A View of the American West Through the Eyes of a Gamer

I will admit, when I found out that our class would be focused on the American West, I was nervous and excited. I was excited for the opportunity to learn more in depth about the American West, but nervous due to my complete lack of solid knowledge on the topic.

My view of the American West has always been skewed. In school, I was spoon fed the traditional narrative of cowboys and Indians, the struggles of the classic Western man, and the civilization of a savage land. Like many elementary students, I took this information at face value, and never really thought about it again. That is, until I really started digging into playing videogames, and came across Red Dead Redemption, developed and published by Rockstar Gaming. While it may sound corny that I learned a lot from a game, it is the truth that this particular title really made me reconsider my view of the American West, even as a young gamer.

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Rockstar Gaming is popular among many for being the driving force behind the Grand Theft Auto game series. While the morality of violent video games can be argued up and down, I always played these games for their deep stories and heavily satirical environments. When Red Dead Redemption was released in 2010, many saw it as a departure for Rockstar, and took to calling the game “Grand Theft Horse” as it gained popularity.

The events of Red Dead Redemption¬†take place in 1911, in a fictional southern region of the United States, sharing a border with Mexico. An open world game at heart, players are free to explore a large play area that can take players into Mexican border towns, as well as across a vast frontier marked with ranches, towns, and stunning natural landmarks. The game plays to the Western fantasy in many ways, putting you in the shoes of John Martson, an outlaw turned bounty hunter tracking down the members of his old bank robbing gang.¬† Even though the game plays to this fantasy in many ways, it features undertones that make the player begin to question their own preconceptions of the West. The game is placed in a time where many began to believe the frontier was dying. Technology was on the rise, and railroads connected the West to the rest of the country in an unprecedented way. Red Dead Redemption toys with the dichotomy of wild Western dust roads and neat cobbled streets of well established cities. Players are introduced to the deep seeded racism directed at minority groups of the West, especially black and Native American groups. Even though I played the game years ago, I still have a memory of a particularly important sequence. The protagonist, John, works with a rather deranged college professor, who is attempting to study the apparent inherent intellectual differences between white people and Native Americans. The professor conducts this study through his assistant, Nastas, who hardly speaks for much of the sequence. After some time, tragedy strikes, and the professor ends up leaving Marston’s side. At this time, there is a very moving sequence between Nastas and John, where Nastas shares many of his qualms with the way his people have been treated. Even in a game of satire, I found it very moving to include this sequence.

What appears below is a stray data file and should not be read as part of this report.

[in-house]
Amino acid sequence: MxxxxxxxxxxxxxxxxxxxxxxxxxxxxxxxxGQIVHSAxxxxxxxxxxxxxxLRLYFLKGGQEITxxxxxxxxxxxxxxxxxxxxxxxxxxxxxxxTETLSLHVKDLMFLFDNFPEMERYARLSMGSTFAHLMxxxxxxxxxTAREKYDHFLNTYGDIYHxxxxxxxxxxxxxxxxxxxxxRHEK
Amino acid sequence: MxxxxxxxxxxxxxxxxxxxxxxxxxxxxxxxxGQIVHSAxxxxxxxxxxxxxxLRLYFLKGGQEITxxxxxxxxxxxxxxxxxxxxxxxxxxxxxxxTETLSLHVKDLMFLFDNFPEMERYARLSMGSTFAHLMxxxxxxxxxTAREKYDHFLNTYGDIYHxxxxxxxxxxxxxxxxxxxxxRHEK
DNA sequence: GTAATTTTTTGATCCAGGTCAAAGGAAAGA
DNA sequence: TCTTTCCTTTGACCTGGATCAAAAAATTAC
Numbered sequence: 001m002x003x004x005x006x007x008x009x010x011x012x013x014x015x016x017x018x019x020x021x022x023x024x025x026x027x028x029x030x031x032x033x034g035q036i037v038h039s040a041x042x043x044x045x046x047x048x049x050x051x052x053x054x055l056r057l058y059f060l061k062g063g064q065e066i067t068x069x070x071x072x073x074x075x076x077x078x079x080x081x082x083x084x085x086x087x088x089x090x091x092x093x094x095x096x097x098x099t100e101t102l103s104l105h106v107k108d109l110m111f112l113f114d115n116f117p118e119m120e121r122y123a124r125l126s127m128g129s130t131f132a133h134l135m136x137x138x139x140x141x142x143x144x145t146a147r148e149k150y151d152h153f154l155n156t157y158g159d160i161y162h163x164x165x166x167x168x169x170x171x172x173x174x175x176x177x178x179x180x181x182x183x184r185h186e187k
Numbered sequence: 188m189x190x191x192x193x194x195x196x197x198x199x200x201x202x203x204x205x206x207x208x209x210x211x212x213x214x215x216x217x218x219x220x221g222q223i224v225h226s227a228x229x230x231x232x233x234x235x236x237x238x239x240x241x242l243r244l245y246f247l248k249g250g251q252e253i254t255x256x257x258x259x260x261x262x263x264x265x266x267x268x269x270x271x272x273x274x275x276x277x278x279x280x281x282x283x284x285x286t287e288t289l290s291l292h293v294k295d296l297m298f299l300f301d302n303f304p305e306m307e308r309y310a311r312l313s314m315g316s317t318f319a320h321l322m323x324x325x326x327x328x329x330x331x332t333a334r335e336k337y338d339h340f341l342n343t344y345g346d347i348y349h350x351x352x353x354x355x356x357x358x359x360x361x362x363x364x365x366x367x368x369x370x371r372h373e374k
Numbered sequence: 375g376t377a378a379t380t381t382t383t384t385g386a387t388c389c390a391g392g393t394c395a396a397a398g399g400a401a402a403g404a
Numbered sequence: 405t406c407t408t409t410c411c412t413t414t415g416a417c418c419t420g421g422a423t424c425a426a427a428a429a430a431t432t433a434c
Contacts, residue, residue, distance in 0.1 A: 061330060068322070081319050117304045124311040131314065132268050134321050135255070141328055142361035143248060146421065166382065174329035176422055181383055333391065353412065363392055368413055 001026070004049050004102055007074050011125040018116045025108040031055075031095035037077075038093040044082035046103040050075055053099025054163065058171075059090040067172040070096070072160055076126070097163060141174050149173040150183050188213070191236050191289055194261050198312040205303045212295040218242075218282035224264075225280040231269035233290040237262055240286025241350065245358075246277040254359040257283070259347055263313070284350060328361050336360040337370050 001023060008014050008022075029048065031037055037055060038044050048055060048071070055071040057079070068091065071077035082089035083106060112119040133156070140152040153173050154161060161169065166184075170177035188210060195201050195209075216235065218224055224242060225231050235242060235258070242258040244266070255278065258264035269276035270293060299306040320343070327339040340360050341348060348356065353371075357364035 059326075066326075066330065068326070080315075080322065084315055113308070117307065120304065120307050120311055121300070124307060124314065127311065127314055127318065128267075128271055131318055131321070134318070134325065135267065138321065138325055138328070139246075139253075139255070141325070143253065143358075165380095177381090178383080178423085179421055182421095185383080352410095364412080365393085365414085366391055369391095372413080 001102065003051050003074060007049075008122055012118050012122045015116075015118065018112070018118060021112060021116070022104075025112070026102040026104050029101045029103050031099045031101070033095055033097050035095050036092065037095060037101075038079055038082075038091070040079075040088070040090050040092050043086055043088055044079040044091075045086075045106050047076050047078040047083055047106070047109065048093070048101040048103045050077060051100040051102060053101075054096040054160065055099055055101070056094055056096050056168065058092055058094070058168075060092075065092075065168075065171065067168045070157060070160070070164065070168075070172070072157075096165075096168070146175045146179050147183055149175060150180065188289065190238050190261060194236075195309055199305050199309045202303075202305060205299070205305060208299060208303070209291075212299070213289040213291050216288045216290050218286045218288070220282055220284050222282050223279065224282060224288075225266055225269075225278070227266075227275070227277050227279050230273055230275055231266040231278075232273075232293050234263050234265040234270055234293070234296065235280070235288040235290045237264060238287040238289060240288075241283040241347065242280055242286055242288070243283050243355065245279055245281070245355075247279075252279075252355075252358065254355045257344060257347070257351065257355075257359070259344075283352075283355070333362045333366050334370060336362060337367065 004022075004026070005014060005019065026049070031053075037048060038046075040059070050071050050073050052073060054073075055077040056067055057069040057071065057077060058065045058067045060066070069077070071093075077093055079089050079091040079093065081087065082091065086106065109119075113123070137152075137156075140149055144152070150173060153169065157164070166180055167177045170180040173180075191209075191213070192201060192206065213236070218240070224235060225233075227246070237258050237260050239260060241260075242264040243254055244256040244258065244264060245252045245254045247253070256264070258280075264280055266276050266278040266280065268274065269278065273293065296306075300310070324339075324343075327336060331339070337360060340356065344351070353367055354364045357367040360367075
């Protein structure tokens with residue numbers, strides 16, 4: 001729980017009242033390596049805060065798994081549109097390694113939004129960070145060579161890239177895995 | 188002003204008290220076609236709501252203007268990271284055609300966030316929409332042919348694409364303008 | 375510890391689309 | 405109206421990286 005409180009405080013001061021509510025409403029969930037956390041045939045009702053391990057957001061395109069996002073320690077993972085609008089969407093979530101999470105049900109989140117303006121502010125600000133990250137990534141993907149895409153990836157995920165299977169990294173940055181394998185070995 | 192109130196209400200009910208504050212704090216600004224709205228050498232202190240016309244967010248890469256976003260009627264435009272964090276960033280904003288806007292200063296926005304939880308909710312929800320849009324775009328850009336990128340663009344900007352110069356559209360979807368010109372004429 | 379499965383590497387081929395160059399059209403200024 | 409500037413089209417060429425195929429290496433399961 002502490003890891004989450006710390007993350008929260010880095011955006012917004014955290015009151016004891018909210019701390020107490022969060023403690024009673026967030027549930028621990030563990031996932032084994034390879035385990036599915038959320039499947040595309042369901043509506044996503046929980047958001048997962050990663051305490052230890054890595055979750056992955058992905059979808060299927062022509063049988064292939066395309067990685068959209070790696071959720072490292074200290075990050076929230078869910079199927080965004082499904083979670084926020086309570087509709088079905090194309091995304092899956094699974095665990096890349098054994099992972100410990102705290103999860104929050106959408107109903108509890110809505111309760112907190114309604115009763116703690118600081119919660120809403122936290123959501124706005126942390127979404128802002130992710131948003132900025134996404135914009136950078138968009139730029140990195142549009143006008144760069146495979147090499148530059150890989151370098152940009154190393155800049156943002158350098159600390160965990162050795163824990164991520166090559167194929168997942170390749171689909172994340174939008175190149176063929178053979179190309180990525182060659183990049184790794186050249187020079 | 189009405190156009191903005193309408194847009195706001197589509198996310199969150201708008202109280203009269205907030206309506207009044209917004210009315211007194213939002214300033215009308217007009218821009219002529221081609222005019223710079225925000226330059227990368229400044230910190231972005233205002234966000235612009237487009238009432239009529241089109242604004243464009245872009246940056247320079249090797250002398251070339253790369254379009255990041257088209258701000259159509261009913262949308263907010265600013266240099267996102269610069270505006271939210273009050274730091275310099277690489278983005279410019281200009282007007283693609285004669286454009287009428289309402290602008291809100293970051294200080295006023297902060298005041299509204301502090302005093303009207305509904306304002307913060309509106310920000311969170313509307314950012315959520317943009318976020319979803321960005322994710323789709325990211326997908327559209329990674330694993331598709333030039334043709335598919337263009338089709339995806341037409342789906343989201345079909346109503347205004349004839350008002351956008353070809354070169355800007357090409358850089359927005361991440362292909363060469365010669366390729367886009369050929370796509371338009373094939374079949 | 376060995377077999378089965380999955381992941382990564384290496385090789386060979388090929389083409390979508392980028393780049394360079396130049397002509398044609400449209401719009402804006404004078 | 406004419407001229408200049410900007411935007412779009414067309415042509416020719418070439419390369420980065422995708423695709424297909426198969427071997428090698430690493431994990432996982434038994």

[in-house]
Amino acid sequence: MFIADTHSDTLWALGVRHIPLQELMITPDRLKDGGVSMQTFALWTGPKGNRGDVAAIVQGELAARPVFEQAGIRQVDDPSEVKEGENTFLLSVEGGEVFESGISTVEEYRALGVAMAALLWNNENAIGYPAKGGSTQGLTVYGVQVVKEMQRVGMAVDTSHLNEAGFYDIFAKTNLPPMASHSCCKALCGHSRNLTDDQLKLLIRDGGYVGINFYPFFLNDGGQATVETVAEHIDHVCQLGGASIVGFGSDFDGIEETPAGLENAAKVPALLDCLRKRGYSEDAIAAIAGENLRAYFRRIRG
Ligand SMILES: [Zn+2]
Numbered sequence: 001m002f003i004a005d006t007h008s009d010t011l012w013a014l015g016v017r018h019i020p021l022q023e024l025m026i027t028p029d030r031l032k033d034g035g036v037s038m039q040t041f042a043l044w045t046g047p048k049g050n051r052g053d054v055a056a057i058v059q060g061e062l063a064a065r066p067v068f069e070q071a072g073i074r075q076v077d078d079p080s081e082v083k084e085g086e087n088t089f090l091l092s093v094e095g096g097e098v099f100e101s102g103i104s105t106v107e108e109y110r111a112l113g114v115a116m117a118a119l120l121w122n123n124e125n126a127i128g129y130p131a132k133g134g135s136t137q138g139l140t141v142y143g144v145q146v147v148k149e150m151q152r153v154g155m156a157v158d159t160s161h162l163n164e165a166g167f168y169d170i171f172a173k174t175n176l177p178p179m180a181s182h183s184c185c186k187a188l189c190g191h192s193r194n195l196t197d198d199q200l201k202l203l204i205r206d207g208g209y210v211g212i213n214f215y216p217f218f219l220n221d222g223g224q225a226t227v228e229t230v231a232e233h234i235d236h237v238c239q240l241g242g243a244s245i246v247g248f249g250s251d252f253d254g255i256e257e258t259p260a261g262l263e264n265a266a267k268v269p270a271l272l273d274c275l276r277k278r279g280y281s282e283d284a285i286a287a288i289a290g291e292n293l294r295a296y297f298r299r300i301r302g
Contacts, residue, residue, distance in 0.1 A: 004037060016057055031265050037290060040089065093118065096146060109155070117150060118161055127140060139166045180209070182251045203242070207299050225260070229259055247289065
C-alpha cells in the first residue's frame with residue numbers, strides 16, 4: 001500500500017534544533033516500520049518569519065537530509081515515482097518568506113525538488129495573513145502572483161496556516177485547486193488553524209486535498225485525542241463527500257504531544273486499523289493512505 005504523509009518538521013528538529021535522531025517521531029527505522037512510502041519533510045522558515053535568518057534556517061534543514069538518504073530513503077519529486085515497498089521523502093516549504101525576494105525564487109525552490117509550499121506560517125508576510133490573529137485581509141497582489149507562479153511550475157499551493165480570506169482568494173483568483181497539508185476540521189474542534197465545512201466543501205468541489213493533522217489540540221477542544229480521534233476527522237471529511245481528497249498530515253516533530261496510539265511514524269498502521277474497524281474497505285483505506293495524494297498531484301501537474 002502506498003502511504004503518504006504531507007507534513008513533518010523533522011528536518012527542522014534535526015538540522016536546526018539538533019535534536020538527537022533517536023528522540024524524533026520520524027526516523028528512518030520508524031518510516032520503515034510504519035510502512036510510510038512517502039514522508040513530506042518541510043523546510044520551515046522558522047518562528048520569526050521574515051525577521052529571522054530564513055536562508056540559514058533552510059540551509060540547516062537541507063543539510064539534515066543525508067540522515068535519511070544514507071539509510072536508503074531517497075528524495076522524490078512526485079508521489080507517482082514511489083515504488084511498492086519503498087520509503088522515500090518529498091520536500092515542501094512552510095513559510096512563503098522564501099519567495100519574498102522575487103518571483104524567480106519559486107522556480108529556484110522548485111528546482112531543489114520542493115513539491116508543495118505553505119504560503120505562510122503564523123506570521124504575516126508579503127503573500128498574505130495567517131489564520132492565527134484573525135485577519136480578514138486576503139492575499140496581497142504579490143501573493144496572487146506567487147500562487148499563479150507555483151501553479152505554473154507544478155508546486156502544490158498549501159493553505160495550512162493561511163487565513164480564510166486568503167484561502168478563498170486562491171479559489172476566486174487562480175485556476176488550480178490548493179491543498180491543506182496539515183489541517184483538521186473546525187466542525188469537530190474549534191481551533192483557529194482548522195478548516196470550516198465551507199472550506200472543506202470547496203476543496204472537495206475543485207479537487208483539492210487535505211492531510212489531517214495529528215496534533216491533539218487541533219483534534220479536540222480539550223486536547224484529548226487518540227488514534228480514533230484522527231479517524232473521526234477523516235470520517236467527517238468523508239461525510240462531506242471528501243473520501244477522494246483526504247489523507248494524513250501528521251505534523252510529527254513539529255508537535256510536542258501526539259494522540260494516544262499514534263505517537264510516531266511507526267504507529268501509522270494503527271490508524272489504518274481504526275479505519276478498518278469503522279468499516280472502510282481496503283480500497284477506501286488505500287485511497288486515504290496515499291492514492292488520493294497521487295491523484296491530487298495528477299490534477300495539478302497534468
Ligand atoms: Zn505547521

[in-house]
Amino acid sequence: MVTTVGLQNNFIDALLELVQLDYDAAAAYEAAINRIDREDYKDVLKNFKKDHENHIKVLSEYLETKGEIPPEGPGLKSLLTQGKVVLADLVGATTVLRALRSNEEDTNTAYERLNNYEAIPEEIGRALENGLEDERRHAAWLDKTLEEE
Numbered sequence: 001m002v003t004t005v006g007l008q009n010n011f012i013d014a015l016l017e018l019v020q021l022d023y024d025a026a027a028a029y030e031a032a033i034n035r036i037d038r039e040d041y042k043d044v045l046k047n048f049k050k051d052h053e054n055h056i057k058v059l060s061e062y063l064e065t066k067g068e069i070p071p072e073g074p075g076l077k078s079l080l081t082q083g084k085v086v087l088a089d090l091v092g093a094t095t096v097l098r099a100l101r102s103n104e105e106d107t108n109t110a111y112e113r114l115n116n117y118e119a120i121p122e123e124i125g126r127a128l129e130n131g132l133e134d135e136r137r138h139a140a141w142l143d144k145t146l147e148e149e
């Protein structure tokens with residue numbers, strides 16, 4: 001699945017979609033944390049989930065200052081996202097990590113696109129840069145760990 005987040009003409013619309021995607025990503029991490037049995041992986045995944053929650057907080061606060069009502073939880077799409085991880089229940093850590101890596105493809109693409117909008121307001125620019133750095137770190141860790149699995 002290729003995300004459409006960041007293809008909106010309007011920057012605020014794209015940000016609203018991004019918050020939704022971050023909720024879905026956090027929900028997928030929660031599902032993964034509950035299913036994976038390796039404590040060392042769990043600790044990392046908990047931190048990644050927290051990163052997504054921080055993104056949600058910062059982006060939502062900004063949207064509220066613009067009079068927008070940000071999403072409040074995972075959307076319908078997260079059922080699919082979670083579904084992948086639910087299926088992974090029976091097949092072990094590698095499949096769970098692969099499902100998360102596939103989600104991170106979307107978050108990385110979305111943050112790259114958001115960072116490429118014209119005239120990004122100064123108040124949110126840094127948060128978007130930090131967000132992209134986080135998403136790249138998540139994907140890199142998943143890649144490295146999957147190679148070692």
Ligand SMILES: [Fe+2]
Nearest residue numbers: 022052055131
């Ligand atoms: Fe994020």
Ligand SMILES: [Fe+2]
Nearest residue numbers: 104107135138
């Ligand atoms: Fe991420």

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While the debate over the value of games in society continues to rage on, I cannot help but feel that games like Red Dead Redemption are important to the historiographical record of the West. To simply limit our perception of Western historiography to what has been written in books and journal articles goes against what we aim to do as historians. By examining more visual and interactive media, we get a better sense of the contemporary view of topics we wish to understand. Red Dead Redemption does not stand alone in its genre. A growing popularity in historical fiction based games shows that history is becoming more accessible to younger people in a way that school cannot provide. By giving games a degree of agency in historical discussions, we expand the already broad range of sources that can be used to discuss a topic, and begin to spread ideas already examined in this class through accessible sources.